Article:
When my son was born in 2009 I, like any proud birder parent worth their salt, had grand ambitions about making him my own image.  Kids are great if for no other reason then, to quote the greatest philosopher of our time, Homer Simpson, “you can teach them to hate the things you hate”.  The other side of the coin, of course, is that you can ideally teach them to love the things you love too, which for me begins and ends with birding.

My own interest in birds was first sated by my own dad, who wasn’t a birder so much as an all-around naturalist who wasn’t averse to birds.  When I finally discovered the feathered set, he was all too happy to be my cheaffeaur and birding companion.  But I didn’t really get into birds until I was at at the ripe old age of 12 or so.  That’s way too late!  So since Noah was born, within his first week of life, I’ve taken him outdoors to see stuff. In the beginning this was pretty easy because strapping him into a backpack carrier and heading out to the local patch was just the thing to induce a long morning nap.  But now that he’s well into 3, and privy to all the hyperactive curiosity that entails, things have gotten a little more difficult and I’ve come to some conclusions about whether or not my early start will pay dividends in the way I had hoped.

Dad, I can’t see it. Where is it, dad?

I’ve met children of birders who are extremely serious and sharp young birders and naturalists.  I’ve also met children of birders who are not at all interested in the game.  Both sets came from parents who have done precisely what I’m doing, with precisely the same diligence, care, and frankly, the same impulse to turn their progeny into allies as I have.  I have come to the conclusion that it matters less what the birder parent does and more as to the disposition of the child.  I don’t think there’s really any way to make my son a birder simply by exposing him to what I do and think about, but nor do I think I’m going to completely turn him off by my single-minded obsession either.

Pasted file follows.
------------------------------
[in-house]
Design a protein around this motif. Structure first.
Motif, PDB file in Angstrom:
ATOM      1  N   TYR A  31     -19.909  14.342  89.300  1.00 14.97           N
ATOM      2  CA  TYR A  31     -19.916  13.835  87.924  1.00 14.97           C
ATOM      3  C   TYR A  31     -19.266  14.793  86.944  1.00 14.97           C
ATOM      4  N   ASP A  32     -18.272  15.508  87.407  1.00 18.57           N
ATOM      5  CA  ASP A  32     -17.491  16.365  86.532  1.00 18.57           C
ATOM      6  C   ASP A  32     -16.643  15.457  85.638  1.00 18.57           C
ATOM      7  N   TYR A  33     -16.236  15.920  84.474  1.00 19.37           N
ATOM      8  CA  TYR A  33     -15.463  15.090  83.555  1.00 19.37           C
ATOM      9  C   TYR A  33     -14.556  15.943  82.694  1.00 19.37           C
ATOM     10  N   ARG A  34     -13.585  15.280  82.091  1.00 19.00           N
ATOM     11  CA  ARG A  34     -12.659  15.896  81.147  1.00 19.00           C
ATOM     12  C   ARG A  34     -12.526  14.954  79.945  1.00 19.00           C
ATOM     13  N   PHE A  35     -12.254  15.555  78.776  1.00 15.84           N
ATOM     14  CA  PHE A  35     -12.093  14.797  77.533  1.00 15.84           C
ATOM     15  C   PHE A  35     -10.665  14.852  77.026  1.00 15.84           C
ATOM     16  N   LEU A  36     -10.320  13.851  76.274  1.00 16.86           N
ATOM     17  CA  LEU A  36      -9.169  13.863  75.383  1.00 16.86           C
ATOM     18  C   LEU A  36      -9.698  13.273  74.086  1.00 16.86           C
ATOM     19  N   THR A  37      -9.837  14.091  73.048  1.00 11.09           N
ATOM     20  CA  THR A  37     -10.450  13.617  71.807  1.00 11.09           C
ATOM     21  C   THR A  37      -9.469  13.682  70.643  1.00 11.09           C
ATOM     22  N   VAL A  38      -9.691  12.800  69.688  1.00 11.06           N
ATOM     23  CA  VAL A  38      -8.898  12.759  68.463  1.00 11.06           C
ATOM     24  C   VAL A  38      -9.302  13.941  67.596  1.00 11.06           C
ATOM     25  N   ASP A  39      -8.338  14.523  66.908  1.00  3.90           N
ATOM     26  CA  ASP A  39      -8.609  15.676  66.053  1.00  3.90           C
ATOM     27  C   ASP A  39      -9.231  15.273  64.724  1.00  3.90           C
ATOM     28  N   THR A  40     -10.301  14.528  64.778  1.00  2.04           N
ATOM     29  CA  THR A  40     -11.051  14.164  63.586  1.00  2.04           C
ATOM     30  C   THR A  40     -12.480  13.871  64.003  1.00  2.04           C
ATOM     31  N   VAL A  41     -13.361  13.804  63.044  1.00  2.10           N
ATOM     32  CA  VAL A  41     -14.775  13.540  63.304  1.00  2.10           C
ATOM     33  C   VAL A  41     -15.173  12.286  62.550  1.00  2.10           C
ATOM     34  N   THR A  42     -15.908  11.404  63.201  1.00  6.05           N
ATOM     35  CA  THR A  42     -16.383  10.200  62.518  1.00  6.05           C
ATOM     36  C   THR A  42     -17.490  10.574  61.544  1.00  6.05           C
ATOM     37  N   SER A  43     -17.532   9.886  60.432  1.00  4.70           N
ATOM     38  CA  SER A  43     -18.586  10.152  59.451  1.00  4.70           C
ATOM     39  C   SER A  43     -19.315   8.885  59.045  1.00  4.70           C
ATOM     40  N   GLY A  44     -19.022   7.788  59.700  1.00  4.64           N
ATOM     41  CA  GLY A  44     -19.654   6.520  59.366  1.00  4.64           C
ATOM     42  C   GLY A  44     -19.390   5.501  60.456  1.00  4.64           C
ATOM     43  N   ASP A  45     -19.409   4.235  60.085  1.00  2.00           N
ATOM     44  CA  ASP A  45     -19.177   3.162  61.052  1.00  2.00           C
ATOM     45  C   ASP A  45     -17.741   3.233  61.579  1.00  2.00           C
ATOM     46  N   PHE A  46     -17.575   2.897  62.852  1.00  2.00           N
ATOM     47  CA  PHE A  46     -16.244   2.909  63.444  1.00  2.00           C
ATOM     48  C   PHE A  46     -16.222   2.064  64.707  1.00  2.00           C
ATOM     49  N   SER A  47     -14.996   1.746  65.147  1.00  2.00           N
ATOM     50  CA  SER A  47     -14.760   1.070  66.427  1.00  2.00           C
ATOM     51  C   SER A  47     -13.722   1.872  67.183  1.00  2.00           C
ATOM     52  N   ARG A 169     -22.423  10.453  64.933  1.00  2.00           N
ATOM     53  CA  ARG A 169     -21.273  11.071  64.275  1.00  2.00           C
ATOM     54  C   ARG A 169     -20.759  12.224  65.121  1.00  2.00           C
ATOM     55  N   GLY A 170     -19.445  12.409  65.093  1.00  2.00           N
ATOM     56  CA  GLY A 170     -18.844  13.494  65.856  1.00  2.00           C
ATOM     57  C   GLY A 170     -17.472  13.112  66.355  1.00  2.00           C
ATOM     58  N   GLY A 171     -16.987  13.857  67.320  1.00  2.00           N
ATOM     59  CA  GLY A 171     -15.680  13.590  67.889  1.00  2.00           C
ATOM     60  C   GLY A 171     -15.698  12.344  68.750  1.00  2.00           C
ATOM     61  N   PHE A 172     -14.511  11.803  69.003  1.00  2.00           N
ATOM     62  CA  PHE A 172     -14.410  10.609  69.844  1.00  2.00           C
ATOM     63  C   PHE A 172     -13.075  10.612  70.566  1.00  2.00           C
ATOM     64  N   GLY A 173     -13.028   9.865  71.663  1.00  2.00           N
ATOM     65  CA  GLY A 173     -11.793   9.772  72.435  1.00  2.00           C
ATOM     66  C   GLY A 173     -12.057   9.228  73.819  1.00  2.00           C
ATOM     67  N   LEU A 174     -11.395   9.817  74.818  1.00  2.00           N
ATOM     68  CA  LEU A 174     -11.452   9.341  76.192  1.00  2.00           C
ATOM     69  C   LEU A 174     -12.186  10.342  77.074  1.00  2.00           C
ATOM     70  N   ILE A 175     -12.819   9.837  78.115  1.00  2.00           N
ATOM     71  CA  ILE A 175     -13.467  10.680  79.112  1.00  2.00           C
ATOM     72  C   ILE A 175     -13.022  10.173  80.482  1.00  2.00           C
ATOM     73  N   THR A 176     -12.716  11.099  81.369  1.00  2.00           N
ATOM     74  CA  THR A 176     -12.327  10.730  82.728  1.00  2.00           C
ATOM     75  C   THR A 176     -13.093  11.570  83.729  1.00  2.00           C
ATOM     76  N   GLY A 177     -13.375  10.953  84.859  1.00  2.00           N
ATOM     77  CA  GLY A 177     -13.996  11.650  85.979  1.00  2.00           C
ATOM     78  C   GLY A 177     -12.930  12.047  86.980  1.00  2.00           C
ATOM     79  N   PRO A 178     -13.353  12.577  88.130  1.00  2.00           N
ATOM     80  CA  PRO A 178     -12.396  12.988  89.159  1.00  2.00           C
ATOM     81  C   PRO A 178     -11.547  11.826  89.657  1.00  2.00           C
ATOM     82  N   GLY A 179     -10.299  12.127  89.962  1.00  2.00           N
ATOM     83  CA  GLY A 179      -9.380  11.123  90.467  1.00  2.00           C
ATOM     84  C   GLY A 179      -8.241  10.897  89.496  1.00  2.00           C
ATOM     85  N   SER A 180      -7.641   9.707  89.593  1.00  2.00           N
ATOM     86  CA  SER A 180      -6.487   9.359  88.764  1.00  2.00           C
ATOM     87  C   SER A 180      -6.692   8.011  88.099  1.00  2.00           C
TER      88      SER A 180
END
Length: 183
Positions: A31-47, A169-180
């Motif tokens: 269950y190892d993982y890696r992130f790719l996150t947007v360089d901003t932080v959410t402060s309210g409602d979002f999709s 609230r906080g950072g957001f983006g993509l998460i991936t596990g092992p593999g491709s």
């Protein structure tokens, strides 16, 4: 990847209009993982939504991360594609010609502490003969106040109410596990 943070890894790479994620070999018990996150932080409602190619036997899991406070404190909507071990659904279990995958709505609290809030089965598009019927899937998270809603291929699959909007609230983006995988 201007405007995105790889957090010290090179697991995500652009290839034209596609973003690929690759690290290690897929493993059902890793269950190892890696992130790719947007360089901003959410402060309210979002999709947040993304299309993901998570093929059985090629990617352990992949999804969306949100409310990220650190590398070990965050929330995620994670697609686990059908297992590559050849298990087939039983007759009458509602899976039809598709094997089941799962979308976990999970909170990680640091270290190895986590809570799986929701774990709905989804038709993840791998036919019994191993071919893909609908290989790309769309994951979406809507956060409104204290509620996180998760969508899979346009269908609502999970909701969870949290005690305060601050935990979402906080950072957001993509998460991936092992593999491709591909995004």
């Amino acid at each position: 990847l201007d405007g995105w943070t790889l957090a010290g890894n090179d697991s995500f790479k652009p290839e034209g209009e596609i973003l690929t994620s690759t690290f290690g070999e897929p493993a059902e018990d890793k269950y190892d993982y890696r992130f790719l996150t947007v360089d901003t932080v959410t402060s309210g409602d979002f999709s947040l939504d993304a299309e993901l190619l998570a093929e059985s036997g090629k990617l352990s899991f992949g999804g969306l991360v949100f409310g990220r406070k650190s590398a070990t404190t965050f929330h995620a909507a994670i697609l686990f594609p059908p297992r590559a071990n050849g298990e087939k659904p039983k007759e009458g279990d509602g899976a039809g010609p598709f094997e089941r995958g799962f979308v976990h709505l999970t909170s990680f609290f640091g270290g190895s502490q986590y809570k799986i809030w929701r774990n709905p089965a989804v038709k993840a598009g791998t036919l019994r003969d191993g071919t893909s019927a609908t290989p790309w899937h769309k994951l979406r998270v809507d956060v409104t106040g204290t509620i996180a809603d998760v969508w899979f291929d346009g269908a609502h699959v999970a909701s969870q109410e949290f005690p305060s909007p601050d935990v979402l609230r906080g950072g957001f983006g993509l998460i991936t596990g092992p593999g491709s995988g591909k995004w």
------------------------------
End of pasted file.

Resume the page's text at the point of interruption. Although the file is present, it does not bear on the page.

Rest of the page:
I will say this, though.  I learned quickly that birds are often way too difficult to get my son on with any regularity in the field.  He does have a remarkable eye for bugs though, and I’m really enjoyed broadening my own natural horizons by trying to identify the things he finds on a scale that might as well have been invisible to me before.  And snakes, turtles, lizards, and frogs are always big winners because I can catch them and show them to him.  When I think back to my own natural beginnings, it was focusing on things on my level that made me eventually turn to birds.  So who knows, maybe he’ll get there.  These things take time after all.

But I do have another trick in my pocket.  When I bird with him, we stick strictly to parks that have playgrounds.  So at the very least, I can park myself on a bench with a view of a lake, and my son can do whatever it is he does when the birding slows down.

Oh well, at least there’s a playground

Because birding should be fun, whether you’re actually birding or not.

Written by Nate
Nate Swick is a birder. He grew up in the midwest but currently makes his home in Greensboro, North Carolina, with his wife and two young children, who are not yet aware that they are birders too. He has a soft spot for Piping Plovers and loves pelagics even when his stomach doesn’t, which makes him the quintessential Carolina birder. Nate is the editor of the ABA blog, host of the American Birding Podcast, and author of two books, Birding for the Curious and The ABA Field Guide to Birds of the Carolinas.